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Rhodesia runs through the forest, hunted by creatures wearing the faces of people she loves. They plead to her to wait in the voices of her family, and the sound sends chills down her back. What is worse? Succumbing and becoming a mindless drone with the others, or perishing in the forest, alone?

 

Roy Planter is a man with a mission, and he has no intention of staying on a plague-ridden planet where more humans turn into mindless drones every day. Being stuck in a city, grouped with a sword-wielding stick insect of a man and a busty blonde with a too vivid sense of humor are only temporary setbacks. He's leaving, first chance he gets. At least that's what he thinks until Rhodesia arrives. Caring for someone won't make his life easier, but can he really turn his back and leave her behind?

 

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Excerpt

 

Rhodesia's heart thumped in her chest.

 

People could probably hear it in the next city.

 

She forced a breath into aching lungs and kept a hand over her mouth to stifle the sound of an explosive exhalation. Hiding behind a tree was hardly sufficient, even if the trunk was wide enough to cover a two-person hovercraft, but she had to catch her breath.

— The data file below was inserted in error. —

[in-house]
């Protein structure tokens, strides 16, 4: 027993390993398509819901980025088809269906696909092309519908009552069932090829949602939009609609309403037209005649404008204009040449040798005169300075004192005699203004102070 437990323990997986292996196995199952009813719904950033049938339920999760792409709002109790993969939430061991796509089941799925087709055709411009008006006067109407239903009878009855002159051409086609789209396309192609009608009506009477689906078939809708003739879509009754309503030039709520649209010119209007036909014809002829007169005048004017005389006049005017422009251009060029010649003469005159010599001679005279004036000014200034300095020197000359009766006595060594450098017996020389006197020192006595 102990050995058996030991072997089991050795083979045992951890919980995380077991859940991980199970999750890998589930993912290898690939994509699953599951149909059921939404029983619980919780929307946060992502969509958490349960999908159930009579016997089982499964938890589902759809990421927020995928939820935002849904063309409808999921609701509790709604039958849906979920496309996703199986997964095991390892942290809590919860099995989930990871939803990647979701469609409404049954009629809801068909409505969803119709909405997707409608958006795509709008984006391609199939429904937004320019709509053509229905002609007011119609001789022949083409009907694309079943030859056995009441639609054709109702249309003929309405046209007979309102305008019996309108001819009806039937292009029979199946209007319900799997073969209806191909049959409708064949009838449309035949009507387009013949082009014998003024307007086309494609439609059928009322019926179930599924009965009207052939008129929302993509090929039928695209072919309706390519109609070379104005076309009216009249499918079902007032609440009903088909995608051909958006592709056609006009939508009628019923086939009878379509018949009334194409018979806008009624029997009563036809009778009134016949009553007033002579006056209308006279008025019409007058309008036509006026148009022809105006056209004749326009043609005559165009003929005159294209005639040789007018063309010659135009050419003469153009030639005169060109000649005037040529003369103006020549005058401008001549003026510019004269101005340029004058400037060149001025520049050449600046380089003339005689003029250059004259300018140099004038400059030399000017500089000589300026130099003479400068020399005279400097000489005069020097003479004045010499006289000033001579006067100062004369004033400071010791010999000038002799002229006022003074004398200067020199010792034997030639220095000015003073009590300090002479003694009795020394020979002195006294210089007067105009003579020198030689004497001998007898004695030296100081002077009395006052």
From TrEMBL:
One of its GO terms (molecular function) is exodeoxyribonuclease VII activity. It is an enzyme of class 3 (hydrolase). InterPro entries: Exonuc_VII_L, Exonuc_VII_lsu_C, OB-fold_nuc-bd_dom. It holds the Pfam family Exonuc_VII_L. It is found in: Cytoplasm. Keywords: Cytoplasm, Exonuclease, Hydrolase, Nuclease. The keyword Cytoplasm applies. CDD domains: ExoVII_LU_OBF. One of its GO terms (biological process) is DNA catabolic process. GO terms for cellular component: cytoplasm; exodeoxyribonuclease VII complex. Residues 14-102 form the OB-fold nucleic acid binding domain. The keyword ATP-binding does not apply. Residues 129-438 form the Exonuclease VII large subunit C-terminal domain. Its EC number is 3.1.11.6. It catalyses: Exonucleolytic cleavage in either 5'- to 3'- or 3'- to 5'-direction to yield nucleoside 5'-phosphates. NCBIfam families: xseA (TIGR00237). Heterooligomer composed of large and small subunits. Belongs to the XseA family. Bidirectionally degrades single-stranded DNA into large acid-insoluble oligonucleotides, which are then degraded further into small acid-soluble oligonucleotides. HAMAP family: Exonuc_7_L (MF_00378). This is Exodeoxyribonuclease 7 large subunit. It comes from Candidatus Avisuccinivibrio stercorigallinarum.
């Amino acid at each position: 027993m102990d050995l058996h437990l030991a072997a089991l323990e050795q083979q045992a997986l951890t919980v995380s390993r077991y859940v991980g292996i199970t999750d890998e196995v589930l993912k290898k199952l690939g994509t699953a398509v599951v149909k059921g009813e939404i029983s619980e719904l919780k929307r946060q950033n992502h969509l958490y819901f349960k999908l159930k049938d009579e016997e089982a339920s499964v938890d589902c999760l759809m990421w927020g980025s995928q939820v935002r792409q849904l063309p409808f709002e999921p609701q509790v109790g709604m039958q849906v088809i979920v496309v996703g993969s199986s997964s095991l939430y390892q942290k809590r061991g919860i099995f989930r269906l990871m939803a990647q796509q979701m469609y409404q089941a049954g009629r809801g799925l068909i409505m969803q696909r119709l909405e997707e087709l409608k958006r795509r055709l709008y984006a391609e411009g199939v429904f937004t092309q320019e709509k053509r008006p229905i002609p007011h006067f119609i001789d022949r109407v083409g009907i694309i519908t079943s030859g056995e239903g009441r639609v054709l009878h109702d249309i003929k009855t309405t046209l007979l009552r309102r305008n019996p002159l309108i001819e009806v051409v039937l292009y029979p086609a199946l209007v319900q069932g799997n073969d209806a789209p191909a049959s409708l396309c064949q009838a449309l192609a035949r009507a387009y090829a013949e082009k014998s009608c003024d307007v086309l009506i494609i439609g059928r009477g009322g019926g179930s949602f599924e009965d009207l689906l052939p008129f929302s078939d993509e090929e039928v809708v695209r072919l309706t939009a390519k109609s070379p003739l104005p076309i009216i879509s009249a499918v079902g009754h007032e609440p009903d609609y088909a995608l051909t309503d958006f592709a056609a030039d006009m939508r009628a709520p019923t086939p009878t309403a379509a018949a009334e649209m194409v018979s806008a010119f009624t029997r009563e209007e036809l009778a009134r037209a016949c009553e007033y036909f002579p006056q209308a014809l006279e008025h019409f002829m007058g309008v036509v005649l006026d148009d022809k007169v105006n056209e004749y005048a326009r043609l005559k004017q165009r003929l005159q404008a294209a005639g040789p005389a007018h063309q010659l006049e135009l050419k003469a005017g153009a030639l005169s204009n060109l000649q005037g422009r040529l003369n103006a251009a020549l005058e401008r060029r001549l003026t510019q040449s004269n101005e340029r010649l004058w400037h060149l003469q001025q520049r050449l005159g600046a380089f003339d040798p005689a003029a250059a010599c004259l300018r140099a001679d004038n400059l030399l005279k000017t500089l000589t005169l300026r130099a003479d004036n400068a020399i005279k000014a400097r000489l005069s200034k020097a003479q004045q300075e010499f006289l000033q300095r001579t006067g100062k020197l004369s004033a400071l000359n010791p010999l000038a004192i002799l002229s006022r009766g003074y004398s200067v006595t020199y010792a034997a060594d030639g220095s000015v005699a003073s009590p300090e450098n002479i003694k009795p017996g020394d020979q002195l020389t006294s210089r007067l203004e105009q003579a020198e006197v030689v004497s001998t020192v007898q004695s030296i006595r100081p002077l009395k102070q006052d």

Were they still on her tail?

 

Probably. And they wouldn't be tired.

 

Maybe she should just give up and submit to the conversion. No place was safe, she had nowhere to run, and perishing alone in the forest might be worse than turning into one of them. 

 

A beautiful sound drifted down from the branches above her head. One of the indigenous birds sang. Happy, joyful, and defiant.

 

Through her adolescence, teachers talked about the old world and life on a planet called Earth. She never understood why it was important, not until now when her own life was in shambles. Remembering the past might be more valuable than she ever realized.

 

Birds on Earth were allegedly different from here, but it was hard to believe such a preposterous statement. Flying animals should look the same everywhere.

 

She remembered a photo of a feathered creature with an extraordinary beak. It hadn't even been a hologram; the picture was two dimensional, and so old the color had faded. Pelican. It had been called a Pelican.

 

How such a being could fly boggled the mind.